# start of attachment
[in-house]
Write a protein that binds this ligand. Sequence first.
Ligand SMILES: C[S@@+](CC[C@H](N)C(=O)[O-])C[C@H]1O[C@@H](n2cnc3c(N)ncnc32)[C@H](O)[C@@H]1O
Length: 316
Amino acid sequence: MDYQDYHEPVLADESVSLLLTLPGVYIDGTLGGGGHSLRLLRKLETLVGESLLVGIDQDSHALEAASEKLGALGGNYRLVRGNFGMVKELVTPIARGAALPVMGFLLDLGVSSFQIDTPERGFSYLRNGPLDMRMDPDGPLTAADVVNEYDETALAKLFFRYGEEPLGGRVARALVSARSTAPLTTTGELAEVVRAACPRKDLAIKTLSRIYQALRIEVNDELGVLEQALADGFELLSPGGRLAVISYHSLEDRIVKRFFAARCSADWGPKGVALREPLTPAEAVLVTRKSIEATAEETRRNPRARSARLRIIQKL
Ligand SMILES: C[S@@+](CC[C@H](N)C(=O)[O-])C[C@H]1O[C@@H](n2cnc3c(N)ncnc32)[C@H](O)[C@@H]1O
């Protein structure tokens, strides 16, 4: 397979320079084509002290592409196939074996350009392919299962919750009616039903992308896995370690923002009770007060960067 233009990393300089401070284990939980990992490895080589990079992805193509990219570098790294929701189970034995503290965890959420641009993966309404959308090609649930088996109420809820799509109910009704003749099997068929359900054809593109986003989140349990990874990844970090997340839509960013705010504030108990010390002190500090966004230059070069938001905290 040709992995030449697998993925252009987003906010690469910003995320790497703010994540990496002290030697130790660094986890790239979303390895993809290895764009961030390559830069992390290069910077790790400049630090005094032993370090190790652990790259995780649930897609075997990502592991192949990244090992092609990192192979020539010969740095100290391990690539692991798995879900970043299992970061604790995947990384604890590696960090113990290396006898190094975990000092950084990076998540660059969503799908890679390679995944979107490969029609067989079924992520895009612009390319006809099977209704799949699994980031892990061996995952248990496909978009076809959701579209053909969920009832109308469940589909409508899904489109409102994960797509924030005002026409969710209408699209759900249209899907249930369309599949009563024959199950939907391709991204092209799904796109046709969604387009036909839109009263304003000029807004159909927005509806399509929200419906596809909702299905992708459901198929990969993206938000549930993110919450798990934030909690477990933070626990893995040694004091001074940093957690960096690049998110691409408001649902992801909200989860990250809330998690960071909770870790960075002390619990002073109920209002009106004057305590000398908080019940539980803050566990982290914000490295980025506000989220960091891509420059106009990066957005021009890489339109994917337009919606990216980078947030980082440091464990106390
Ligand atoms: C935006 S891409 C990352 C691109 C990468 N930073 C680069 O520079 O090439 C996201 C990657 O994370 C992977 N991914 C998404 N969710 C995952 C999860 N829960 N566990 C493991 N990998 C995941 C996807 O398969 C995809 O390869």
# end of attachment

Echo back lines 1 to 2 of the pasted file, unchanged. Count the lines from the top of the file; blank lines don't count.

[in-house]
Write a protein that binds this ligand. Sequence first.